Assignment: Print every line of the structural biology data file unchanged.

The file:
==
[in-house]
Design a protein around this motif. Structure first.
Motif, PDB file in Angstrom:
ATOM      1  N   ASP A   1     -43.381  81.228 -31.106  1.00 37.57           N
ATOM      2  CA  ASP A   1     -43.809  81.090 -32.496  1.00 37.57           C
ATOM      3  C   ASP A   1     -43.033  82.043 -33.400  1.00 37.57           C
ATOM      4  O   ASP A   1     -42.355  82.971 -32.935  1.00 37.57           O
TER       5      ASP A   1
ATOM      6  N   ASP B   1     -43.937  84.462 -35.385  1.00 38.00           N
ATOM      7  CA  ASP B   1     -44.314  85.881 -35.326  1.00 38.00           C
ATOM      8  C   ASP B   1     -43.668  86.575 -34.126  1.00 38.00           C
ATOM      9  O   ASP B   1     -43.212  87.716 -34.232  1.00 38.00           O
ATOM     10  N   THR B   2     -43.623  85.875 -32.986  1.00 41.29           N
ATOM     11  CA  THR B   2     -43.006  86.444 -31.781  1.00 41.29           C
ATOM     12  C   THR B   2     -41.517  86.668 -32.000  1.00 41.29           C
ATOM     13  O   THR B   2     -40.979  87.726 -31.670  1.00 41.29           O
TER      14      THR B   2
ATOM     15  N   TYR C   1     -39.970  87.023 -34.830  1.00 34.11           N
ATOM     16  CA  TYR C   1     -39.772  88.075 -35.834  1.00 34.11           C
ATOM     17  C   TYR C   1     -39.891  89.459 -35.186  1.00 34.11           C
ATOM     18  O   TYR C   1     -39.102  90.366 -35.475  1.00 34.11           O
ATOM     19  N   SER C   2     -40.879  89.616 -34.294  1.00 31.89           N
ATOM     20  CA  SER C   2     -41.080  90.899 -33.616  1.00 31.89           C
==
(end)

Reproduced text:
[in-house]
Design a protein around this motif. Structure first.
Motif, PDB file in Angstrom:
ATOM      1  N   ASP A   1     -43.381  81.228 -31.106  1.00 37.57           N
ATOM      2  CA  ASP A   1     -43.809  81.090 -32.496  1.00 37.57           C
ATOM      3  C   ASP A   1     -43.033  82.043 -33.400  1.00 37.57           C
ATOM      4  O   ASP A   1     -42.355  82.971 -32.935  1.00 37.57           O
TER       5      ASP A   1
ATOM      6  N   ASP B   1     -43.937  84.462 -35.385  1.00 38.00           N
ATOM      7  CA  ASP B   1     -44.314  85.881 -35.326  1.00 38.00           C
ATOM      8  C   ASP B   1     -43.668  86.575 -34.126  1.00 38.00           C
ATOM      9  O   ASP B   1     -43.212  87.716 -34.232  1.00 38.00           O
ATOM     10  N   THR B   2     -43.623  85.875 -32.986  1.00 41.29           N
ATOM     11  CA  THR B   2     -43.006  86.444 -31.781  1.00 41.29           C
ATOM     12  C   THR B   2     -41.517  86.668 -32.000  1.00 41.29           C
ATOM     13  O   THR B   2     -40.979  87.726 -31.670  1.00 41.29           O
TER      14      THR B   2
ATOM     15  N   TYR C   1     -39.970  87.023 -34.830  1.00 34.11           N
ATOM     16  CA  TYR C   1     -39.772  88.075 -35.834  1.00 34.11           C
ATOM     17  C   TYR C   1     -39.891  89.459 -35.186  1.00 34.11           C
ATOM     18  O   TYR C   1     -39.102  90.366 -35.475  1.00 34.11           O
ATOM     19  N   SER C   2     -40.879  89.616 -34.294  1.00 31.89           N
ATOM     20  CA  SER C   2     -41.080  90.899 -33.616  1.00 31.89           C